Parker’s Reader Response Criticism

Hey guys, so I presented on an overview of Parker’s chapter on reader response crit and the possible ways we could draw parallels with Cave’s ideas. In case you don’t have the handout, it’s posted below:

Basic Definition

Reader response criticism, broken down into simple terms is just what it sounds like.       The focus of the reader’s response to a text.

“We might go as far as to say that there is no separate category of “reader-response      criticism,” because all criticism is reader-response criticism” (330).

When any form of criticism is taking place, it is in essence, a response coming from a     reader. Therefore, can apply to all forms of criticism.

  • Cave: “Cognition […] is alert, attentive, responsive… Correspondingly, literary criticism needs to be as alert and attentive” (1).

 

Opposition to New Criticism

“Reader-response critics oppose themselves to new criticism” (331).

“William K. Wimsatt and Monroe C. Beardsley decided that to interpret the meaning of a text based on our affective response to the text was a fallacy, an error in interpretive           logic” (331).

  • Affective Fallacy bottom of page 30

“They may believe that their interpretations reveal the intrinsic meaning of a text, but    they still derive their sense of intrinsic meaning from their own responses” (331).

 

Ideal, Implied, and Actual Readers

Ideal Reader – Stanley Fish (333)

  • Informed reader – can understand the text – can change throughout the text and over time.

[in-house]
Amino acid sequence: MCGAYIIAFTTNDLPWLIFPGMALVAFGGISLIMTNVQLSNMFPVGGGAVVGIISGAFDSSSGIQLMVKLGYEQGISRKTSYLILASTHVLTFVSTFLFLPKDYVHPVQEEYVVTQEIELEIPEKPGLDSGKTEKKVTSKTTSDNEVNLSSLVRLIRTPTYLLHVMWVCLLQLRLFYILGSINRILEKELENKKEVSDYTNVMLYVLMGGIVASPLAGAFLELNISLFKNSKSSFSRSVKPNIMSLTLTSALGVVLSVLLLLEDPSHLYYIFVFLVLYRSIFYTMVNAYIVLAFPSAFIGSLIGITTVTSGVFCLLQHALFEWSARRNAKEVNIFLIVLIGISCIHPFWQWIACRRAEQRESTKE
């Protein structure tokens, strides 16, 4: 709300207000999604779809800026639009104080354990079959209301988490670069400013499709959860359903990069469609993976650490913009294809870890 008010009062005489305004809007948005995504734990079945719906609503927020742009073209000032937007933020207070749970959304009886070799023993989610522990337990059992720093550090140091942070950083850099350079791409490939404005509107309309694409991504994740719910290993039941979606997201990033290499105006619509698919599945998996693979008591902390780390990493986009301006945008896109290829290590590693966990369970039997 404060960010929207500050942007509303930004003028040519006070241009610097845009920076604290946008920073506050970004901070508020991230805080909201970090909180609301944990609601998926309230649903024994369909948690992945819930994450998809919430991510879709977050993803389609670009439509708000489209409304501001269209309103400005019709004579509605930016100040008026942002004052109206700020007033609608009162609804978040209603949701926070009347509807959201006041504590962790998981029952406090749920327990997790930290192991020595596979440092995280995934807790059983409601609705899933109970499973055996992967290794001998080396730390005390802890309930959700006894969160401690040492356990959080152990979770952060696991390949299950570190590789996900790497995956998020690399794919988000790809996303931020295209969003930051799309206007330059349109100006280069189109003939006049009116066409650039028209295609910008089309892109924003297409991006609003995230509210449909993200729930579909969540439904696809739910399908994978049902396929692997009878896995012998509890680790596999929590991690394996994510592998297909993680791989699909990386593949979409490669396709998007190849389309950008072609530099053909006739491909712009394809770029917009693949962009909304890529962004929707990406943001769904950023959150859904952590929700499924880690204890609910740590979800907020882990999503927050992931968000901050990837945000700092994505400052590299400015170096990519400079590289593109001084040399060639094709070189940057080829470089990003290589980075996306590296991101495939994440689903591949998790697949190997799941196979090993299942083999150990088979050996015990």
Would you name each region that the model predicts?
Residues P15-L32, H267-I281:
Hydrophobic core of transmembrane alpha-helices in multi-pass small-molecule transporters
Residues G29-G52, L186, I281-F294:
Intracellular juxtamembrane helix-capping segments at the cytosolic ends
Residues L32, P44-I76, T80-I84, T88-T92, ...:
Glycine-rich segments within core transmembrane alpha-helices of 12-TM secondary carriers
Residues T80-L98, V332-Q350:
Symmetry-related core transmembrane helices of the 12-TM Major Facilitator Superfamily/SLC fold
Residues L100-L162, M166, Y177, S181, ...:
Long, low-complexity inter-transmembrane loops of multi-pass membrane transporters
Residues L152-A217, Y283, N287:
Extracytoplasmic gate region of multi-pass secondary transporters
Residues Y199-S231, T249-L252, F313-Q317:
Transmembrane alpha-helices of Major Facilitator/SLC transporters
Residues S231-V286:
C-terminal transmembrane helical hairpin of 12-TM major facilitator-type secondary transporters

• Cave: “If you know Latin […] you’re familiar with Latin verse, you know […] what Montaigne’s reinvented line means” (10).

 

Implied Reader – Wolfgang Iser (334)

  • The readers that fill in gaps that the text may or may not fill in.

 

  • Cave: “Language as […] porous, full of spaces waiting to be filled” (26).

 

  • “Respond by forming hypotheses about the text and then testing those hypotheses against the continuing sequence of text” (334).
  • “The meaning of a text, then, comes not from the text alone (as new critics thought) or from the reader alone, but from the two together” (334)

Actual Readers – Norman Holland & David Bleich (334)

  • Holland – Ego psychology – “each reader forms a […] “primary identity” based on early childhood and then projects the concerns of that identity onto a literary text” (334-335)
  • Bleich – “focus on the readers’ subjectivity […] grounding their view of a text in the ways that it connects to their personal experience” (335).
  • “Bleich’s method may tell us a great deal about individual readers, but […] not […] much about the texts they read” (335)
  • “might not even tell us much about readers […] if we follow its logic […] we project our own personal interests […] making them yet another text […] Not a very communal logic” (335).

 

  • Cave: “investigate (for example) the way in which people read, or perceive dramatic action on the stage” (16).

 

Structuralist Models of Reading and Communication

Basic model of communication – Roman Jakobson (335)

The Message

    Context    
Addresser ———————— Message ———————— Addressee
    Contact    
    Code    

 

  • Addresser sends the message
  • Addressee receives the message
  • The message requires:
    • Context – What is referred to
    • Contact – “a physical channel and psychological connection”
    • Code – Method of communication/expression – ie language

 

 

Language of the Message

    Referential    
Emotive ———————— Poetic ———————— Conative
    Phatic    
    Metalingual    

 

  • Emotive focuses on Addresser – (think emotes – “expressing an attitude or emotion”)
  • Conative focuses on Addressee – speak directly to addressee
  • Referential – refer – context
  • Phatic – focuses on connection between addresser and addressee